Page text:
To make the most of a cell signal amplifier system, you have to use the right components and connect these properly. This means, buying the best cell signal repeater alone will not do. So, to make the system as effective as possible with a small amount of effort, follow these tips regarding assembling its components.
Utilize The Shortest And Best Possible Cable
The length and quality of the cable will have an effect on the cellular signal that will travel through it. The longer it is, the more will be the loss of the signal. If it is excessively long, try not to go for a quick-fix such as rolling it to shorten it. This move possibly causes interference and the loss of cellular signals, so choose a much shorter cable instead.
Some boosters have inferior cables, and these bring about a considerable signal loss. The better it is, the less will be the loss. If the amplifier kit contains RG59 mini coaxial cable, buy the RG6-type product. If it contains RG58 coax cable, upgrade it to the LMR-400 item.
Be Sure To Keep Sufficient Separation Between Both Antennae
Placing the internal antenna and external antenna excessively close to each other will result in the booster automatically reducing the power and efficacy. If it is not possible to increase the distance between both, try to shield the former antenna from the latter or vice versa. You must do it to prevent cellular oscillation.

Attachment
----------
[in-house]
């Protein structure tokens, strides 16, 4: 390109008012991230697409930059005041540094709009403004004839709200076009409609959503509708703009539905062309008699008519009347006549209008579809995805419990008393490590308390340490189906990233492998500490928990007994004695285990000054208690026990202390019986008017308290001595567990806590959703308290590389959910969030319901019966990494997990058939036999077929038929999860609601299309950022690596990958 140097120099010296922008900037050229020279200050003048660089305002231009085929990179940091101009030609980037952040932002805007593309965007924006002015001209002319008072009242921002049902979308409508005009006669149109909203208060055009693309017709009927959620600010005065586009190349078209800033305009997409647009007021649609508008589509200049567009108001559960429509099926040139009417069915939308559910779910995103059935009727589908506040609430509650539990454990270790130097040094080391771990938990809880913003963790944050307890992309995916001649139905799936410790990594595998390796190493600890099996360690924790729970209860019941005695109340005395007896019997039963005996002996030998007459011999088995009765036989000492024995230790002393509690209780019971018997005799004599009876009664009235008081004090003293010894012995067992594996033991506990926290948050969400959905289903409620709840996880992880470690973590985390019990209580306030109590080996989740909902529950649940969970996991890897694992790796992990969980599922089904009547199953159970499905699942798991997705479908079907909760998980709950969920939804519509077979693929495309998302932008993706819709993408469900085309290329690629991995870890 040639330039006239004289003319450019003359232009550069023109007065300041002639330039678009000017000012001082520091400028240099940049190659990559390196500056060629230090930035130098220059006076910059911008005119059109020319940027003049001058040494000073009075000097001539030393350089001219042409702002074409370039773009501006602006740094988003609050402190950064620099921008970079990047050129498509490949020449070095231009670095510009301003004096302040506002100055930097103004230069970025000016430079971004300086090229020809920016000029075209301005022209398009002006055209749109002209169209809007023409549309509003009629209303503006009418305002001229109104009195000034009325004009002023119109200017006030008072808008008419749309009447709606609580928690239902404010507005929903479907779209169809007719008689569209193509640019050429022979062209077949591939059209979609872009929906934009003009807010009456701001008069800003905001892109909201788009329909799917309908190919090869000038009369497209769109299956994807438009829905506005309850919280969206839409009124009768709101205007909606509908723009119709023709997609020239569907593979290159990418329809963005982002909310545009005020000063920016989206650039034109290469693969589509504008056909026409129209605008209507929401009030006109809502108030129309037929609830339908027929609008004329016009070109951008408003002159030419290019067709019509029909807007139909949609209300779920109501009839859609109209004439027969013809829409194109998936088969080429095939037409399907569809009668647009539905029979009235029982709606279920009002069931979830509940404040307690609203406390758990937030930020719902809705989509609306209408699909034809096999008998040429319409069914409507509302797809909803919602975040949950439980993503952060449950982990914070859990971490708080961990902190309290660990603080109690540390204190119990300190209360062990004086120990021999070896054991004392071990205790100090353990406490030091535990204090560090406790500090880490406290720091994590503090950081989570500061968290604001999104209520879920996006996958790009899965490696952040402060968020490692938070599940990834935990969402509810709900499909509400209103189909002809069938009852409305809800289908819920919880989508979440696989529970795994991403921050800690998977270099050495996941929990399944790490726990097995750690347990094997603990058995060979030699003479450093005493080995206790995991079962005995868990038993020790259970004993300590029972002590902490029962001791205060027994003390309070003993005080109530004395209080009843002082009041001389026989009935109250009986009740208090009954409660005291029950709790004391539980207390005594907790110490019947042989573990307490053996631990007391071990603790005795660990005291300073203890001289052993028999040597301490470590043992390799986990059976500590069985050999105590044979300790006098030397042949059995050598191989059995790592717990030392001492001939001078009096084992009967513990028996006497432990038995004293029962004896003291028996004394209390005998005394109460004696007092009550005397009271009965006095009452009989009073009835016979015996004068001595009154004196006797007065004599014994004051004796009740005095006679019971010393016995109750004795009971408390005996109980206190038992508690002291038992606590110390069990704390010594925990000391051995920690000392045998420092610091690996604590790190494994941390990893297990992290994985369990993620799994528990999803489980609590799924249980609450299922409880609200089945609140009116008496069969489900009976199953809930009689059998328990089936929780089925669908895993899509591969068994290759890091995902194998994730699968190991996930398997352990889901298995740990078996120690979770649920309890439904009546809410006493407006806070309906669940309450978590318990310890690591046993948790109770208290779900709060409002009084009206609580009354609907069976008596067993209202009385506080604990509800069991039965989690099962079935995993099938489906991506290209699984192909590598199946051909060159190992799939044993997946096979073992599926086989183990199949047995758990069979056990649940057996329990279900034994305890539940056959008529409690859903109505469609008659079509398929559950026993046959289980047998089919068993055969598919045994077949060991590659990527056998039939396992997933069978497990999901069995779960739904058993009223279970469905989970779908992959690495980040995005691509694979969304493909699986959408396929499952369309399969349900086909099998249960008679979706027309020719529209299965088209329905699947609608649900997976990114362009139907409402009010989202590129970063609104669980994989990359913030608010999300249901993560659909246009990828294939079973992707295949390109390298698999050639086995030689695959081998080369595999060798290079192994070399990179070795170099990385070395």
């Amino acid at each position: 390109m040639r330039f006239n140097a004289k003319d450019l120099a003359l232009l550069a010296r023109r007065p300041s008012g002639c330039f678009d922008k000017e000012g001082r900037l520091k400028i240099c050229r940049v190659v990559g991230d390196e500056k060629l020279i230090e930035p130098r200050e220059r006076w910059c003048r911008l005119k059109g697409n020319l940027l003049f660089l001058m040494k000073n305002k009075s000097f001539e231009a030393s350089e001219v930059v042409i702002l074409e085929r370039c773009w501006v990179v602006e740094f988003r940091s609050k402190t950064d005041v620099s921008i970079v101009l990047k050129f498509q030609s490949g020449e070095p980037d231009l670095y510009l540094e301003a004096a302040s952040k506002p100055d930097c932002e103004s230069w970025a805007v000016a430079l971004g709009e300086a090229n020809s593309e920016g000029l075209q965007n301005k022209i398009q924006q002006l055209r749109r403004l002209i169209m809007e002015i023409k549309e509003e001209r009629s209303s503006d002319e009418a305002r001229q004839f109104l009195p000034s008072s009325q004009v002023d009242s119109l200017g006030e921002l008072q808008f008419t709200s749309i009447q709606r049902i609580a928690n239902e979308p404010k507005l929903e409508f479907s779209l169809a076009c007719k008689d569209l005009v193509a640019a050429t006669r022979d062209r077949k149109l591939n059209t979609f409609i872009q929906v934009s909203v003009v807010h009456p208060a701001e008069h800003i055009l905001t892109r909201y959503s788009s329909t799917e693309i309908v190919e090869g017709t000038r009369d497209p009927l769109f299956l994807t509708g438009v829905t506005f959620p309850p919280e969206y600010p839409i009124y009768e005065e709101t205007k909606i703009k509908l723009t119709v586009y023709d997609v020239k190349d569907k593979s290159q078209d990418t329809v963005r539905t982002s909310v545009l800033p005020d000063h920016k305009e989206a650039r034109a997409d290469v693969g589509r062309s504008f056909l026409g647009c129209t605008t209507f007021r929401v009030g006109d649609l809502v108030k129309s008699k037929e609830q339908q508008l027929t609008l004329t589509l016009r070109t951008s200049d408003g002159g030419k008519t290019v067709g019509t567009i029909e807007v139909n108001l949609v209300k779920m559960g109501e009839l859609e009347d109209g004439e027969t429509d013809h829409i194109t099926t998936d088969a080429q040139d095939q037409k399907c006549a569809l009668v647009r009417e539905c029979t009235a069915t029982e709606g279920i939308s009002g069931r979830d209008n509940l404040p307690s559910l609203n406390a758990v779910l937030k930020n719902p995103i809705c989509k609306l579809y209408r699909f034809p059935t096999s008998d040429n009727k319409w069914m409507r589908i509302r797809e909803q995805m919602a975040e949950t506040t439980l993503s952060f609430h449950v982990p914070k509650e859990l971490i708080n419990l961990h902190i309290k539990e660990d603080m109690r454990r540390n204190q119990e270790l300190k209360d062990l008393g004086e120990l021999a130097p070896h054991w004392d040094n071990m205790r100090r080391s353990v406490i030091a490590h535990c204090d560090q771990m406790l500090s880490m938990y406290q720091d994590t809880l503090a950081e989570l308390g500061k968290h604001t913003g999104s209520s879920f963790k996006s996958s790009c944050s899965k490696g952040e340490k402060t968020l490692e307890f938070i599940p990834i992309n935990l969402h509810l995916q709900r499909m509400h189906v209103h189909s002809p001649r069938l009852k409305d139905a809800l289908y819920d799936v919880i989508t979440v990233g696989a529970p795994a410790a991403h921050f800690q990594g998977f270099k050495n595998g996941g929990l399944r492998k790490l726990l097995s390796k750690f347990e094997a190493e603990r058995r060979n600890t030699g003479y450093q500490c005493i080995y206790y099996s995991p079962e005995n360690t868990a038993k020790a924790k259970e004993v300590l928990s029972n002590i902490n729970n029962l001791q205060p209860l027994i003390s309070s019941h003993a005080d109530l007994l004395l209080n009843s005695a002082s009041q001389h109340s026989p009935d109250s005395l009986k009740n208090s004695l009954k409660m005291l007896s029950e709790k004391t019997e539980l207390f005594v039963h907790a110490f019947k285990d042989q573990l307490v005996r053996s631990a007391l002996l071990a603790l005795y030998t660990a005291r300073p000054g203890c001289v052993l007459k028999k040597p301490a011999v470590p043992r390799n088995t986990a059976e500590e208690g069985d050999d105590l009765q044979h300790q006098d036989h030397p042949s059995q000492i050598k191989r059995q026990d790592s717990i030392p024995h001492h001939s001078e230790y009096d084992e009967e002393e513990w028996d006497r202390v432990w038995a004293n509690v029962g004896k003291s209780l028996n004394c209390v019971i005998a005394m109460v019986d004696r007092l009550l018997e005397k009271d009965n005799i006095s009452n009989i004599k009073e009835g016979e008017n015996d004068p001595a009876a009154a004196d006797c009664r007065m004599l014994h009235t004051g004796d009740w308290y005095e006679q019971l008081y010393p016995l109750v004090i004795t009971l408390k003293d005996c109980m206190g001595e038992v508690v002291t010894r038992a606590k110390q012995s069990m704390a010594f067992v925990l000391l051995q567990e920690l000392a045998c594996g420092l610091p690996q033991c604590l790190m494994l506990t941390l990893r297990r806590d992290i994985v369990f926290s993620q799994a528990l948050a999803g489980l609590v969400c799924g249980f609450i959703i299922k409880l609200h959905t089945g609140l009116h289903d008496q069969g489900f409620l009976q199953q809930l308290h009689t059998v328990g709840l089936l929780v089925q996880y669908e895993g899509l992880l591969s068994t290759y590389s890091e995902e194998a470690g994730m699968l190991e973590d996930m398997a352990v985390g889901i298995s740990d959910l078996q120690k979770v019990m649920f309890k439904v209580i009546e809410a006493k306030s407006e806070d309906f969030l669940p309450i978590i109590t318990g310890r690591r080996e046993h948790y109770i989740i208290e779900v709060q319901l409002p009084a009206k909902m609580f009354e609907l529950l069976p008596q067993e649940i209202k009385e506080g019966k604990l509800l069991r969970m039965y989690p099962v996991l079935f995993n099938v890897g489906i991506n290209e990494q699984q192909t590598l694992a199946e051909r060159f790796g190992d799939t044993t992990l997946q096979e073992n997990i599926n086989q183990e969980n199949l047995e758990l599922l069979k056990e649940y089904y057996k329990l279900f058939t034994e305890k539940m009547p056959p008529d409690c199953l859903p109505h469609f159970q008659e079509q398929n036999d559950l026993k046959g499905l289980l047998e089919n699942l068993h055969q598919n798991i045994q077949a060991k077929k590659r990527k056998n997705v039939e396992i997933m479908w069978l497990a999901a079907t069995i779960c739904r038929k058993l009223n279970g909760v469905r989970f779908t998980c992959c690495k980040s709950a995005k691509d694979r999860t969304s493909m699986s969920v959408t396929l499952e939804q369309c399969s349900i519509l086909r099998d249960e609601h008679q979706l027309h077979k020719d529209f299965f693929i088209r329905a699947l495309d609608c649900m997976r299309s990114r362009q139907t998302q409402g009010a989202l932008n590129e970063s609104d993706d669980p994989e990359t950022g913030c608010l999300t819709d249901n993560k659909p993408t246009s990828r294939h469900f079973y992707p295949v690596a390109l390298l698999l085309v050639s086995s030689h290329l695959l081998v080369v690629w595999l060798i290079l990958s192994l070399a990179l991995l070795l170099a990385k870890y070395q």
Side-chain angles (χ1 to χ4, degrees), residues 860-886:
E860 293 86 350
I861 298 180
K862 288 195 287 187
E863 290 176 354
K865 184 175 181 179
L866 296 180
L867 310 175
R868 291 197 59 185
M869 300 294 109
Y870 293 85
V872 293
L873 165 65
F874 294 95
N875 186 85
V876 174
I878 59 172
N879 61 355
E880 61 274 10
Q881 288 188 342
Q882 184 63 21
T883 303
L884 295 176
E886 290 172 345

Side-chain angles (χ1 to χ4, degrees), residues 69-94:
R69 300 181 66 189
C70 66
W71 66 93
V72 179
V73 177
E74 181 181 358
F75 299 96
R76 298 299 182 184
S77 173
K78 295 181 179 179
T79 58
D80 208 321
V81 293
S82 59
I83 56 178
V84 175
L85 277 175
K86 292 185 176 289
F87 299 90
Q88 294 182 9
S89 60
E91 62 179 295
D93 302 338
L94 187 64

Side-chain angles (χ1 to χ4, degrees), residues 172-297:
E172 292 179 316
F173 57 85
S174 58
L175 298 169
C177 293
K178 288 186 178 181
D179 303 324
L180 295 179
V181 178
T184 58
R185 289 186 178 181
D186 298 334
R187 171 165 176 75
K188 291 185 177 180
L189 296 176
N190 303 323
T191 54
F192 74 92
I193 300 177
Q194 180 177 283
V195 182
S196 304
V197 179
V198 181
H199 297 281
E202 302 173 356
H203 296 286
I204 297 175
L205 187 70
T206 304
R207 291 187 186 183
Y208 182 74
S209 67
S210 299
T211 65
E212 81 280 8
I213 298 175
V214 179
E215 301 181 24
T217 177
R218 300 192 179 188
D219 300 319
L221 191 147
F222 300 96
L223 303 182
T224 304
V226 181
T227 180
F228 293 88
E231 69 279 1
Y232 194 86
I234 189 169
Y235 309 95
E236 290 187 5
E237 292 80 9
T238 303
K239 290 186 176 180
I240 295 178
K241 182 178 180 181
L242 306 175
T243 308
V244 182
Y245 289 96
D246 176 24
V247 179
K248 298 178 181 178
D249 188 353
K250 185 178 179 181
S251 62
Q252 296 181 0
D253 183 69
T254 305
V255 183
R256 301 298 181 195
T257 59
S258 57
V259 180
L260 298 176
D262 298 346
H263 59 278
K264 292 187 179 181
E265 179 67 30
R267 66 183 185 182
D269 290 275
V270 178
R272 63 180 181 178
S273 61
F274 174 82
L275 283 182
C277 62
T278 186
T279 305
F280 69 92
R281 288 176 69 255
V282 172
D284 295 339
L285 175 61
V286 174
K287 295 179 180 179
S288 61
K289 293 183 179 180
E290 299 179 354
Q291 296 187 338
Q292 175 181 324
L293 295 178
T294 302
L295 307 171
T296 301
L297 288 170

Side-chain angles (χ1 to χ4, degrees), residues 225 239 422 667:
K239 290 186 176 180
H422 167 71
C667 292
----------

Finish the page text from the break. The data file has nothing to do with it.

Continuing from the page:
After setting up the amplifier, if you are still not getting the desired performance from it, try the below-mentioned things according to your specific situation.
Tips For A Booster With An Omnidirectional Donor Antenna
It may be easy to set up this antenna, but it is less powerful as compared to a directional Yagi antenna. We suggest using it only in situations where the signal strength outside your building is extremely good and when you must utilize multiple cellular carriers simultaneously. In other situations, we suggest upgrading it to a Yagi antenna.
Tips For Those Who Have A Yagi Antenna
It is more powerful as compared to the aforementioned antenna, but you have to direct it towards your carrier’s cell site. Carriers could decommission old cellular towers and add new ones whenever they want. If they do so, you would have less strong signals than before. In this case, you would have to point the antenna towards the best direction possible, to maximize the signal booster gain.